Last year at this time though, I was a little bit fractured.  I was in mourning and felt like I would fly into a million pieces if I didn't hang on carefully.

Last year at this time was awful.

This year I feel a tiny knot of anxiety because both older children are starting at new schools but I'm also excited to begin school with Mark again.  I love the stretches of uninterrupted Mark time.

After reading some exultant sentiments expressed on facebook about school starting, I wondered if there was an upside for me.  Yes, the house will be quieter and more calm.  But quieter and more calm is highly overrated.  I would rather have my kids home than gone.  Even when they're messy.  Even when they're loud.  Always.

I makes me sad to send them to school.

But is is easier than last year.

And easier is better.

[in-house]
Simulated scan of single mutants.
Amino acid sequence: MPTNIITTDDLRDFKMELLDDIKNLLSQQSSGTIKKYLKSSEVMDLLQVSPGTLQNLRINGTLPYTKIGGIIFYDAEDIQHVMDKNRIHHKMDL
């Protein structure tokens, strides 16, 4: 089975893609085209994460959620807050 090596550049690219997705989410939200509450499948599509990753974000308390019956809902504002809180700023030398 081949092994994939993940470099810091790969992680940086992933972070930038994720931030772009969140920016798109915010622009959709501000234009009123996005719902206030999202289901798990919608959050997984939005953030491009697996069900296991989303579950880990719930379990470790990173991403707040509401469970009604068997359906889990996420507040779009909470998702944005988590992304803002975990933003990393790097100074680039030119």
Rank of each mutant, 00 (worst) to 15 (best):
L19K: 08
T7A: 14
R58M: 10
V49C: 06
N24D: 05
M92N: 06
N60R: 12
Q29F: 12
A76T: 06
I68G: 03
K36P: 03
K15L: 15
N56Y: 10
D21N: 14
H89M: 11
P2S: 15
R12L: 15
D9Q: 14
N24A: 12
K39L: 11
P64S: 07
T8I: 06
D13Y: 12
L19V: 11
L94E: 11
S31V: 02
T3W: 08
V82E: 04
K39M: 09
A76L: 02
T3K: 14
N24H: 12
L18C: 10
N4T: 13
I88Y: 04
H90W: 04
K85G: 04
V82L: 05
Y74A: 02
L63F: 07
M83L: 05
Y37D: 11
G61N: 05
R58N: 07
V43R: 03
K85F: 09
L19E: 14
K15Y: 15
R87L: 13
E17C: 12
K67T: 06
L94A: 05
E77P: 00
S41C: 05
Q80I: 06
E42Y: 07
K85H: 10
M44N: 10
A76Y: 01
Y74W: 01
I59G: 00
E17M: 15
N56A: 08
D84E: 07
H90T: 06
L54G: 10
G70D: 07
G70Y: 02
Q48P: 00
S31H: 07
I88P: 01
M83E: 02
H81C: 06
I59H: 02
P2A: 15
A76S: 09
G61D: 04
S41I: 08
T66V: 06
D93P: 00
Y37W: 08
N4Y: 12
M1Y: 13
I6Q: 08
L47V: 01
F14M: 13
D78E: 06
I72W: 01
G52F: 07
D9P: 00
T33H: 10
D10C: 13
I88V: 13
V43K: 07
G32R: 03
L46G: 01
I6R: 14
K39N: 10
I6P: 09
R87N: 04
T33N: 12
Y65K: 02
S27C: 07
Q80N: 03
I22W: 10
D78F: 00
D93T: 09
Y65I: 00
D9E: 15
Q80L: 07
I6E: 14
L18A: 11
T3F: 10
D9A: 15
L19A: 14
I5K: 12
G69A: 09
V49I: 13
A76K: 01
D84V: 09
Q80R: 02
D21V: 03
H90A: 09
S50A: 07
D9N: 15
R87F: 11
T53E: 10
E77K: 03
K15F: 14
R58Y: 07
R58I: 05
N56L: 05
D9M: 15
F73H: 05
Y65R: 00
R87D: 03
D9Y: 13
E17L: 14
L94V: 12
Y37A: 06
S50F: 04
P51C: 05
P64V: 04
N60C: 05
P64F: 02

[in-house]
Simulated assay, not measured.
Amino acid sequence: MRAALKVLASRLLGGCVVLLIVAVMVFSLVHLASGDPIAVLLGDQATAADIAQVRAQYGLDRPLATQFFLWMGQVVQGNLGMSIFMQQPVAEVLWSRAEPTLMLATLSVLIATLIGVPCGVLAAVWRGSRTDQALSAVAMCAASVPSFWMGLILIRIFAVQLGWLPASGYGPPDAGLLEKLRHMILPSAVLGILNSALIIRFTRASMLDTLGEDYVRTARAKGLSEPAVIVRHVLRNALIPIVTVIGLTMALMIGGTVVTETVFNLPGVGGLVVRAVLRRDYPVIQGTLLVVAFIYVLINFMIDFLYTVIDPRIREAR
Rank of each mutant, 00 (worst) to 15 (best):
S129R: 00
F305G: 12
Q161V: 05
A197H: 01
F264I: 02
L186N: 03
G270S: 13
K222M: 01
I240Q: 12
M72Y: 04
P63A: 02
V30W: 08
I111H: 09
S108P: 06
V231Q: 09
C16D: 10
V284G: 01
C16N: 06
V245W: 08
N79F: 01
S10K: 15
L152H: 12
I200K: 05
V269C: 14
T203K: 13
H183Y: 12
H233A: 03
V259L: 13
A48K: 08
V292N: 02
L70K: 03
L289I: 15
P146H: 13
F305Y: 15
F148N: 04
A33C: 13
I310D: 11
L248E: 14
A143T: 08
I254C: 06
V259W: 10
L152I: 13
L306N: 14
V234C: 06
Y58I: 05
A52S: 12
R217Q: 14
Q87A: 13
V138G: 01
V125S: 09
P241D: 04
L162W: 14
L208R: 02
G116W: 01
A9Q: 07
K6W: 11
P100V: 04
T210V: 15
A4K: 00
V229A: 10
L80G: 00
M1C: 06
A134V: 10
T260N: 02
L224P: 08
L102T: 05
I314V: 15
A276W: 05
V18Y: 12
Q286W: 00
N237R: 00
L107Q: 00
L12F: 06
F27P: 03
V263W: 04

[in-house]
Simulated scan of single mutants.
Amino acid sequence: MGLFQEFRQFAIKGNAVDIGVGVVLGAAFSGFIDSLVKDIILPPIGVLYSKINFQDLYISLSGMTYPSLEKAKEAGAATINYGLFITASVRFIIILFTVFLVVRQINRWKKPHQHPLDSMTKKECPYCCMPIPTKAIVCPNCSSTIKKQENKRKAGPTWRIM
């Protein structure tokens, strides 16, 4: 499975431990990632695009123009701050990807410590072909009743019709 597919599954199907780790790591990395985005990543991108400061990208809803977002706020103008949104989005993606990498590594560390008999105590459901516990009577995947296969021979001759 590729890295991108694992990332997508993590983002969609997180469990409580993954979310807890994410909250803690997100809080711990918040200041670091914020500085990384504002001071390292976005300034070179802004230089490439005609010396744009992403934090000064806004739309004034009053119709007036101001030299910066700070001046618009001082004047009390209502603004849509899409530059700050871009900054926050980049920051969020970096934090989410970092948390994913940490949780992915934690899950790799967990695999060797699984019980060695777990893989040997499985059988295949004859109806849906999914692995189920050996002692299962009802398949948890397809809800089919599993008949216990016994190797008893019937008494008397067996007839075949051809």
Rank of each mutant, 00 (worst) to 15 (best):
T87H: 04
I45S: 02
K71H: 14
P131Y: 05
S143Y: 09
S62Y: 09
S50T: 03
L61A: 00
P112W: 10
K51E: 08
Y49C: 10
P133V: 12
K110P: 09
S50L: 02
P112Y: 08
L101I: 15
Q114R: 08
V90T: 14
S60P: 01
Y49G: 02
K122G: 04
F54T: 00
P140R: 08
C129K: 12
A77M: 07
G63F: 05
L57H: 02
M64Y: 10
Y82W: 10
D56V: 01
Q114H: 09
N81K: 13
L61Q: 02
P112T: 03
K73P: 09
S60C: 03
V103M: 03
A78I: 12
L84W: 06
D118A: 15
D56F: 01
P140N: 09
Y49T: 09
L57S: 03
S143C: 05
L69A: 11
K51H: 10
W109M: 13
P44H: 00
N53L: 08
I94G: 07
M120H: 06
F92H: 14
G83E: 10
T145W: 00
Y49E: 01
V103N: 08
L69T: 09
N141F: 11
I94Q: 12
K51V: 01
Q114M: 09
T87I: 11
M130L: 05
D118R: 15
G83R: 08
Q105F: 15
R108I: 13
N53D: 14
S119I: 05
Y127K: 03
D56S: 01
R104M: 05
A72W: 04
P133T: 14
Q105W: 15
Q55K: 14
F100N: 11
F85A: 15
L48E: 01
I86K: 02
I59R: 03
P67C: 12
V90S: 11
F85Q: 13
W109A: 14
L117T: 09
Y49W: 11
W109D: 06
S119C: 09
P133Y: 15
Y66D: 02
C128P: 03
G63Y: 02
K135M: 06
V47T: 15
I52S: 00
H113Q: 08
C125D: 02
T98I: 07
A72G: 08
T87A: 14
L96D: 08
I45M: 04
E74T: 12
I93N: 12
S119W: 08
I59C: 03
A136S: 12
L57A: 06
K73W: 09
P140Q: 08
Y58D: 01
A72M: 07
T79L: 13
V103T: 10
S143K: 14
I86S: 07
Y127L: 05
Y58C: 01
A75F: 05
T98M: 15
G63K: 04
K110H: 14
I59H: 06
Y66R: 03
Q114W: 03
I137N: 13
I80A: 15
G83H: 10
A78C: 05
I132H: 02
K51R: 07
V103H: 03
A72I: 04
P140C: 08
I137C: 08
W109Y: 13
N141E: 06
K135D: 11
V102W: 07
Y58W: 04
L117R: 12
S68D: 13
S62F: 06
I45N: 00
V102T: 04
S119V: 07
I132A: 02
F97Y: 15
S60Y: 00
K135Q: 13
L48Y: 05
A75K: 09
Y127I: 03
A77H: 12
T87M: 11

Last night, in order to celebrate the end of summer/first day of school, we went to The Blazing Onion for dinner.  I even decreed there was to be no caffeine consumed in mixing drinks in the amazing Coke fountain machine.

I wanted good sleep for my young scholars.

At dinner we talked about our summer and what made it memorable.  Mention was made of the 10k, the triathlon, the 22 mile walk.  We sound a lot more athletic than we really are.  It was a good summer though.  Busy and productive and lazy all at once.  There was a bit of structure and some spontaneous adventures with friends.  Everything a summer should be (except not all that warm).